Author: Taye Olajide
Project Lead: Taye Olajide
Community Partners: Kids Skating Series
PLAY is a tool to restore city fabrics. In Abuja we involve both the young and old in a public space renewal process that feature skating as a means to build confidence, ownership of public spaces, and of course inspire fun.
Open Architecture Nigeria (OAN) initiated an annual event called the Kids Skating Series in 2015 for one day of collective action to engage young children of diverse background and status in Abuja. We called these events outdoor skating cocktails. While the main goal is to drive home the importance of play spaces by putting children literally on center stage it also seeks to advocate for the power of public spaces as a unique tool for effective community engagement and a culture of ownership. This is a hyperlocal example of how activating public spaces has benefits for community health, like this example in NYC.
Visibly recognized as one of the biggest challenges of urbanism is consummation of open public spaces. The continual neglect and growth of deferred maintenance leads to the decay of public spaces, with playgrounds suffering the most. This issue is only heightened by the design culture’s lack of advocacy for such environmentally friendly and proven healthy spaces as commissions for buildings continue to soar. Open Architecture Nigeria is combating this lack of support for our youth with the day of collective action to engage youth and other stakeholders including City officials, bring a diverse network together to celebrate the idea of play and encouraging use of streets to reorient everyone’s perception toward what is possible.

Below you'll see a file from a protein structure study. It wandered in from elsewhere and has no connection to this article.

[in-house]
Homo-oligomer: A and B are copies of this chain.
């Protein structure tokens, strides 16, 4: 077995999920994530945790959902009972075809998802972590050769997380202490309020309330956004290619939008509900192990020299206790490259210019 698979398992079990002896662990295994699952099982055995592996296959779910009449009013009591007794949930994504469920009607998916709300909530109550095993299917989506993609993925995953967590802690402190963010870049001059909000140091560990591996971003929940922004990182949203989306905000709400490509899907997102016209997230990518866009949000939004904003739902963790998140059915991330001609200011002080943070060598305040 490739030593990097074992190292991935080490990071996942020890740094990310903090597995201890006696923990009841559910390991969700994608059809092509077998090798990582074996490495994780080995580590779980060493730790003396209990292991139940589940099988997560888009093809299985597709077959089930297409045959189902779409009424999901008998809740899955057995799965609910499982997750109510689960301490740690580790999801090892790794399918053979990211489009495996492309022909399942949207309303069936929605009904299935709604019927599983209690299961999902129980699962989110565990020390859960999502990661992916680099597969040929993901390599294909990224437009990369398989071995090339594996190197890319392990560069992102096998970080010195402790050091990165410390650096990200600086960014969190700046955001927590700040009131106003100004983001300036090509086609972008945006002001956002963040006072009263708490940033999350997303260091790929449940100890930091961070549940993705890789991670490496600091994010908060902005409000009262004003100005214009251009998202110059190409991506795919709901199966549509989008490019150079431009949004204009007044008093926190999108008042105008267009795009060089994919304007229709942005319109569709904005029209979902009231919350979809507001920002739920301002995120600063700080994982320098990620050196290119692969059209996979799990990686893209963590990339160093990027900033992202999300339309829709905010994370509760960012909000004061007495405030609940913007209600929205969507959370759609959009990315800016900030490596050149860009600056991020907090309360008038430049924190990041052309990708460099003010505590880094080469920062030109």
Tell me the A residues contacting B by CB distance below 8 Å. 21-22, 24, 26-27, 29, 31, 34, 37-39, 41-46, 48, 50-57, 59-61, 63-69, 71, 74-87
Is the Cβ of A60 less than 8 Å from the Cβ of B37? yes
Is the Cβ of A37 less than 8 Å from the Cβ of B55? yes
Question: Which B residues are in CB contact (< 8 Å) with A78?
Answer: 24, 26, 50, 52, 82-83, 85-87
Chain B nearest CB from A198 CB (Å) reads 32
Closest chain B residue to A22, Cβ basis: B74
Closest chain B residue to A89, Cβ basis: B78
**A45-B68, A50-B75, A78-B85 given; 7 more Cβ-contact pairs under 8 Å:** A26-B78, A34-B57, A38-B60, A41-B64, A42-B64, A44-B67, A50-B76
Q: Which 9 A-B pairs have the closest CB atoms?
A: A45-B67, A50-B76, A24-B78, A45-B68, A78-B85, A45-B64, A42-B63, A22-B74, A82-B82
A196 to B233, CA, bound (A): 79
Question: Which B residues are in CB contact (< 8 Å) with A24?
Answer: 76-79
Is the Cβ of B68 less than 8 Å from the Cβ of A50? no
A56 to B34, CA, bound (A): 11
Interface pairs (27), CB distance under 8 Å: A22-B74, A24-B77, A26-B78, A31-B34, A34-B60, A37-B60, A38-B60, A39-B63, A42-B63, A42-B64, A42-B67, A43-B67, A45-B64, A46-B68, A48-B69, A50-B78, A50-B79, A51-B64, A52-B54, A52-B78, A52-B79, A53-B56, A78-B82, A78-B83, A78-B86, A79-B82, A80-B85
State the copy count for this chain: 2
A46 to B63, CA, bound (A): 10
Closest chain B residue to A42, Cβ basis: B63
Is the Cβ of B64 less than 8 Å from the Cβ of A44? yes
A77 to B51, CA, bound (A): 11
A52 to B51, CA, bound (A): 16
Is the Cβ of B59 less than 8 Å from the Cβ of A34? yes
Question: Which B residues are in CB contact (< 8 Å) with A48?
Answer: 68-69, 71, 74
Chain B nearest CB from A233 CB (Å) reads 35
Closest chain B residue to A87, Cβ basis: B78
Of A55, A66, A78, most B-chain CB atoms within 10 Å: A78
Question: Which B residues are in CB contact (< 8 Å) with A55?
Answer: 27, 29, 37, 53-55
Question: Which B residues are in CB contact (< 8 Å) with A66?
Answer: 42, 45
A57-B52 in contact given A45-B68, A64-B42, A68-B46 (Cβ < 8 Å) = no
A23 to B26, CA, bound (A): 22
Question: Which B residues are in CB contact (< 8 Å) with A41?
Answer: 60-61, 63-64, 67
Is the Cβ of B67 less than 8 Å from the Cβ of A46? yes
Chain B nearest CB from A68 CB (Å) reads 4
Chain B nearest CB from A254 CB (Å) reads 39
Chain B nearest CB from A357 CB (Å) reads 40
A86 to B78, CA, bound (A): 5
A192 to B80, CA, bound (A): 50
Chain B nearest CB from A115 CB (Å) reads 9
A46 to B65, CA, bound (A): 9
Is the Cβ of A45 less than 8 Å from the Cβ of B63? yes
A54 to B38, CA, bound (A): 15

Though the production of the event is usually a very difficult task, particularly in this part of the world, and especially when it deals with the complexity of problems that many perceive as the Government’s role for improper planning in a disadvantaged neighborhood. A key part of the event is to allow everyone to simply take part in their own way while focusing on the children and learning how they play. After three years of producing the event this key element of giving many stakeholders unique ways of seeing the same outcome – kids taking ownership of their spaces and learning to creatively play together – is encouraging others to reclaim the “forgotten” and neglected public spaces as valuable amenities. Ideally this event ensures the reinvestment in a safe and clean play environment as part of our own urban furniture, and future. Today we temporarily build trust and a sense of community around our shared spaces by focusing on children and their skating, tomorrow, who knows maybe they are designing a building their own state funded play structure for generations to come!